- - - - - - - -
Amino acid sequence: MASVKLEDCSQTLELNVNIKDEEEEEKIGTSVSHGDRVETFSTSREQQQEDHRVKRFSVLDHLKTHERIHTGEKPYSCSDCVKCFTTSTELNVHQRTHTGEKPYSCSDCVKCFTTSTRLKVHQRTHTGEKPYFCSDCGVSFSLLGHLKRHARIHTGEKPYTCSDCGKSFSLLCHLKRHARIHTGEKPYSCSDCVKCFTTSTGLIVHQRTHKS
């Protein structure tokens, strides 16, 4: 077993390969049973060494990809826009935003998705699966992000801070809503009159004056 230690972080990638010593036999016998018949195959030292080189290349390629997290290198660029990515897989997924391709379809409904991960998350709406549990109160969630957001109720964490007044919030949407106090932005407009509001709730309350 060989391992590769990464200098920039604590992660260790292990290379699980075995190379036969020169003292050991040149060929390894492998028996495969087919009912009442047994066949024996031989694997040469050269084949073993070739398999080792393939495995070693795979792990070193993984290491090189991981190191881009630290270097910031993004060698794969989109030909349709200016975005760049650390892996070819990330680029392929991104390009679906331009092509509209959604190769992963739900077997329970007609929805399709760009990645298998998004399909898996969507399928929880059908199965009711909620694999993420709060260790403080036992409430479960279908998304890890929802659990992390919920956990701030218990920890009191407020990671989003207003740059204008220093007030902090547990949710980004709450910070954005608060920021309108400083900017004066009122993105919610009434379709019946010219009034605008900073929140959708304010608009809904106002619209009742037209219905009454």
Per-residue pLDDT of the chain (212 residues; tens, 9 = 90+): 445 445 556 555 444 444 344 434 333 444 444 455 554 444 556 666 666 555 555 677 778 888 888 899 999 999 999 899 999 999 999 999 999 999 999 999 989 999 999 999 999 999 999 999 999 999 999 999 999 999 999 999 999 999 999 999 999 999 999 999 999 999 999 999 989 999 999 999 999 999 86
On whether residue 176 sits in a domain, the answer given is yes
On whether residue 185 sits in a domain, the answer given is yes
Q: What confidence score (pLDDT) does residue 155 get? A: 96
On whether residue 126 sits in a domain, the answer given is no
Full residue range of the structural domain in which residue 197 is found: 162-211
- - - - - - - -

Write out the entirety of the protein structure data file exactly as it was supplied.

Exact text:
Amino acid sequence: MASVKLEDCSQTLELNVNIKDEEEEEKIGTSVSHGDRVETFSTSREQQQEDHRVKRFSVLDHLKTHERIHTGEKPYSCSDCVKCFTTSTELNVHQRTHTGEKPYSCSDCVKCFTTSTRLKVHQRTHTGEKPYFCSDCGVSFSLLGHLKRHARIHTGEKPYTCSDCGKSFSLLCHLKRHARIHTGEKPYSCSDCVKCFTTSTGLIVHQRTHKS
């Protein structure tokens, strides 16, 4: 077993390969049973060494990809826009935003998705699966992000801070809503009159004056 230690972080990638010593036999016998018949195959030292080189290349390629997290290198660029990515897989997924391709379809409904991960998350709406549990109160969630957001109720964490007044919030949407106090932005407009509001709730309350 060989391992590769990464200098920039604590992660260790292990290379699980075995190379036969020169003292050991040149060929390894492998028996495969087919009912009442047994066949024996031989694997040469050269084949073993070739398999080792393939495995070693795979792990070193993984290491090189991981190191881009630290270097910031993004060698794969989109030909349709200016975005760049650390892996070819990330680029392929991104390009679906331009092509509209959604190769992963739900077997329970007609929805399709760009990645298998998004399909898996969507399928929880059908199965009711909620694999993420709060260790403080036992409430479960279908998304890890929802659990992390919920956990701030218990920890009191407020990671989003207003740059204008220093007030902090547990949710980004709450910070954005608060920021309108400083900017004066009122993105919610009434379709019946010219009034605008900073929140959708304010608009809904106002619209009742037209219905009454």
Per-residue pLDDT of the chain (212 residues; tens, 9 = 90+): 445 445 556 555 444 444 344 434 333 444 444 455 554 444 556 666 666 555 555 677 778 888 888 899 999 999 999 899 999 999 999 999 999 999 999 999 989 999 999 999 999 999 999 999 999 999 999 999 999 999 999 999 999 999 999 999 999 999 999 999 999 999 999 999 989 999 999 999 999 999 86
On whether residue 176 sits in a domain, the answer given is yes
On whether residue 185 sits in a domain, the answer given is yes
Q: What confidence score (pLDDT) does residue 155 get? A: 96
On whether residue 126 sits in a domain, the answer given is no
Full residue range of the structural domain in which residue 197 is found: 162-211